A mix of reward and unintended consequence can be good too. Think in terms of soldiers today. They fight to defend our nation, they are rewarded by the fact that they are keeping their loved ones safe and many are grateful to them. But the undesired consequences are still that they may come home injured, have a hard time finding jobs, or face hatred from those who don’t understand what it is like to be a soldier.

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  5. That’s good advice! Thanks!
    Interestingly, I’ve read Precisely Terminated, and I didn’t know that that the author was your daughter! I like her book.

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  6. I love your advice it has been really helping me in my writing journey. I had never thought about that aspect of story writing before, but you’re right. It is always expected and satisfying for the character to get recognition for his or her success. Personally, I really enjoy when the character is rewarded and recognized at a personal level by one or two significant people, apposed to public. I think that it gives more meaning and helps the reader to connect more intimately with the success and character, especially in a series. Thank you so much for all your time and tips!

    P.S. I know this is a bit off topic, but what is your opinion on switching point of views in a story. Such as, if I wanted to portray more than one character’s view and story, as you have done frequently in several of your books, such as in the Tales of Starlight and the Dragons of Starlight series, but also switch point of views in the midst of it. My question is: do you think that it would be awkward and unfitting if I had one of my character’s constantly in first person and the other in third person point of views? And do you have any advice for how I could do that effectively without making my writing sound sloppy and awkward? Or would it be best to stay with the constant third person view for each character?

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    • Coral,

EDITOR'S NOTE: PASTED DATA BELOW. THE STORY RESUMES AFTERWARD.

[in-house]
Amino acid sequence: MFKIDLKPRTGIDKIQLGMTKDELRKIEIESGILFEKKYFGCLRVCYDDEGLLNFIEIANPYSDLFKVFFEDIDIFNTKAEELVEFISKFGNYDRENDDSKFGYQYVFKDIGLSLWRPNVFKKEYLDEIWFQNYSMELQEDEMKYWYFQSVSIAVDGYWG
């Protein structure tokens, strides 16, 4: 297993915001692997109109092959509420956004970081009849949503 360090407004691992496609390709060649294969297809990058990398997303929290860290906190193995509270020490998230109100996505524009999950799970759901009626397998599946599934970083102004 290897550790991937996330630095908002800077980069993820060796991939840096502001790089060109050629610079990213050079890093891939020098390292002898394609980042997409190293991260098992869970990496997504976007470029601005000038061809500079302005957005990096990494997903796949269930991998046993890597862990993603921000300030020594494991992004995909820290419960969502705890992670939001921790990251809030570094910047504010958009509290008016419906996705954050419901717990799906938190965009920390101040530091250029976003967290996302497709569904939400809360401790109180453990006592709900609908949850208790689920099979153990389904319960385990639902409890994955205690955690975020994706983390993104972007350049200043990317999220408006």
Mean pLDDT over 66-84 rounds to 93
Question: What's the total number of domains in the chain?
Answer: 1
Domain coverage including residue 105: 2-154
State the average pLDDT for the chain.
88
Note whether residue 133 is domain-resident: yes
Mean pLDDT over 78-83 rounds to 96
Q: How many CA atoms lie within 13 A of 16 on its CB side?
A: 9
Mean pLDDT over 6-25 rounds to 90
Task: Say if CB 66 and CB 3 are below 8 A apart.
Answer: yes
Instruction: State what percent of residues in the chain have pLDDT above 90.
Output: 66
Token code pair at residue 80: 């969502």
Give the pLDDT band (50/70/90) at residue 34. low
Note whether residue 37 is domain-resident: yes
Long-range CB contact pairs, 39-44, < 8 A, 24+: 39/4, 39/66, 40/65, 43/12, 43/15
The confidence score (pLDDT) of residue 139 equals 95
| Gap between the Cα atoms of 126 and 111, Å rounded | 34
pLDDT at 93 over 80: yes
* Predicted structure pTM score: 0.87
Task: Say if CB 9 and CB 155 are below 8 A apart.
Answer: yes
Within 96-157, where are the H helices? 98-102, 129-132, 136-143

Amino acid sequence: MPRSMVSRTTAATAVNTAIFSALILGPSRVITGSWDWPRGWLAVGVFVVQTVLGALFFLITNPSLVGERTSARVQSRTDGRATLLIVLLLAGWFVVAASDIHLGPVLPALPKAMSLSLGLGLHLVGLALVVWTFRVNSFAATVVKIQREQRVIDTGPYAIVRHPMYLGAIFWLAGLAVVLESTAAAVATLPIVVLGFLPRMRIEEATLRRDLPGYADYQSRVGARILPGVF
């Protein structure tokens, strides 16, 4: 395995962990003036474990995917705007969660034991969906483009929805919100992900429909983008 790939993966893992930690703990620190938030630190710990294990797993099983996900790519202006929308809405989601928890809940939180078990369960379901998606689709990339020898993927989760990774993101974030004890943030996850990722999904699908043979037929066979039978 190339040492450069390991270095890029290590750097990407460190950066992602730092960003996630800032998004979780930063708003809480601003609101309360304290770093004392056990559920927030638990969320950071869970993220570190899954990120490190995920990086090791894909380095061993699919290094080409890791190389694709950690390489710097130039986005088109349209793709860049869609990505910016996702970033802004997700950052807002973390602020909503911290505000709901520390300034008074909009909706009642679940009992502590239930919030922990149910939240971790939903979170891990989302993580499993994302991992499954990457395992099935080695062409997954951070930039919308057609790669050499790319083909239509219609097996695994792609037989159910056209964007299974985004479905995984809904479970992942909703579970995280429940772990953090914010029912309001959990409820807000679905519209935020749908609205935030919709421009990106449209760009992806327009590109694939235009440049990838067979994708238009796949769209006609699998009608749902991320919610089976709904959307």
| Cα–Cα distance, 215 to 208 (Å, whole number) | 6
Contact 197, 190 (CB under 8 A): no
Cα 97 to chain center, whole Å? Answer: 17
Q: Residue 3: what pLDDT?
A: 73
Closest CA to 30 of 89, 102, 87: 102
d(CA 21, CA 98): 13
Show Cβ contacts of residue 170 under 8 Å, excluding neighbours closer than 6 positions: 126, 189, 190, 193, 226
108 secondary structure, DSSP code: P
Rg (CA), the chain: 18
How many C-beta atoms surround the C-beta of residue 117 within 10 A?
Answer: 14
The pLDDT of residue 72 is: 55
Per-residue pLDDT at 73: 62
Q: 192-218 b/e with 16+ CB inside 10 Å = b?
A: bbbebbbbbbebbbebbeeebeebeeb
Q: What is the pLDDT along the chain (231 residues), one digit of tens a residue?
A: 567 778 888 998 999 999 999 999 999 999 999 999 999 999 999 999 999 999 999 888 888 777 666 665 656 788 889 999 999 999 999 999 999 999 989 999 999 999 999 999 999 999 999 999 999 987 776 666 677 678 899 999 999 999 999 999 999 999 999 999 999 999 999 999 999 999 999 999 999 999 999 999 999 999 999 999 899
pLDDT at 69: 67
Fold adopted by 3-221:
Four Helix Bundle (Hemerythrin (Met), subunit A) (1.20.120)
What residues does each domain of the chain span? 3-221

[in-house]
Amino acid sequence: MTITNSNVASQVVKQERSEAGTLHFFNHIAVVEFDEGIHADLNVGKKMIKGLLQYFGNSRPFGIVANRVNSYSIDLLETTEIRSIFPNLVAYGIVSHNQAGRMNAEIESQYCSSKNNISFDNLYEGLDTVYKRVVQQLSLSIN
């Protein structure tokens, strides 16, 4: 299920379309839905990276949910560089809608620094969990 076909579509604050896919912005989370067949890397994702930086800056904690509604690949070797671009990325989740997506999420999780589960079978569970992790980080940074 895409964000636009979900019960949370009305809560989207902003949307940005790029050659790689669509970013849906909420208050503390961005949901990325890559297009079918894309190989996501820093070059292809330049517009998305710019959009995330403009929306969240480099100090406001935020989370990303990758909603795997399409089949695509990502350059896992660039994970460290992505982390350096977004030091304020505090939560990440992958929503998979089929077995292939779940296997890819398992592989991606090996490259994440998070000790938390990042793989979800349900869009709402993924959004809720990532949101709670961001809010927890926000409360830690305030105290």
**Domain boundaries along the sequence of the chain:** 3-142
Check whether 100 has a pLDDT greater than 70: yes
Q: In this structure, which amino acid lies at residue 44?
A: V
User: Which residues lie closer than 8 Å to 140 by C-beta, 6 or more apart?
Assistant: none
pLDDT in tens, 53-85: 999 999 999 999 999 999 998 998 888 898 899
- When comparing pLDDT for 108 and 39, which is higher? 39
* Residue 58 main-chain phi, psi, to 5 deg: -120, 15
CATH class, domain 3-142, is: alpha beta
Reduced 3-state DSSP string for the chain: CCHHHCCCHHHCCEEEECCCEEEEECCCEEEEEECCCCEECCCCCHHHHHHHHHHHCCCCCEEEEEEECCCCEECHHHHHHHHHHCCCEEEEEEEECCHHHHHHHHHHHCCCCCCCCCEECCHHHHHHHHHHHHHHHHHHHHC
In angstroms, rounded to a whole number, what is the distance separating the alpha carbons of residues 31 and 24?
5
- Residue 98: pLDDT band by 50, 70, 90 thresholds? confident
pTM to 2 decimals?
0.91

I’m glad this tip was helpful.

      I think it’s all right to have first-person POV for the main character and switch to third-person POV for other characters as long as you don’t switch in the middle of a scene. If you insert either a scene break or a chapter break before switching to another character’s POV, then the switch won’t make your writing sloppy or awkward.

      I did this with my yet-to-be-published novel The Scent of Her Soul, and I think it works well.

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  7. Thank you! I truly appreciate your advice!

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  8. This is a good tip. I’m struggling with ending my story with the hope that I want there. This could help. 🙂

    Interesting that you mentioned Presicely Terminated, since I am currently rereading it. I love the depth of emotion that Amanda put in there.

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  9. I couldn’t agree more. I don’t think Lord of the Rings or Le Mis would have become classics if their heroes hadn’t been given a little glory. Your tips have been really helpful. Thanks a bunch!

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  10. Hmm. Do you think that if one of the protags was a villain through most of it and then he had a change of heart which saves the other protags, is that worthy of a reward? And if so, do you think marriage to the protag he saved would be fitting?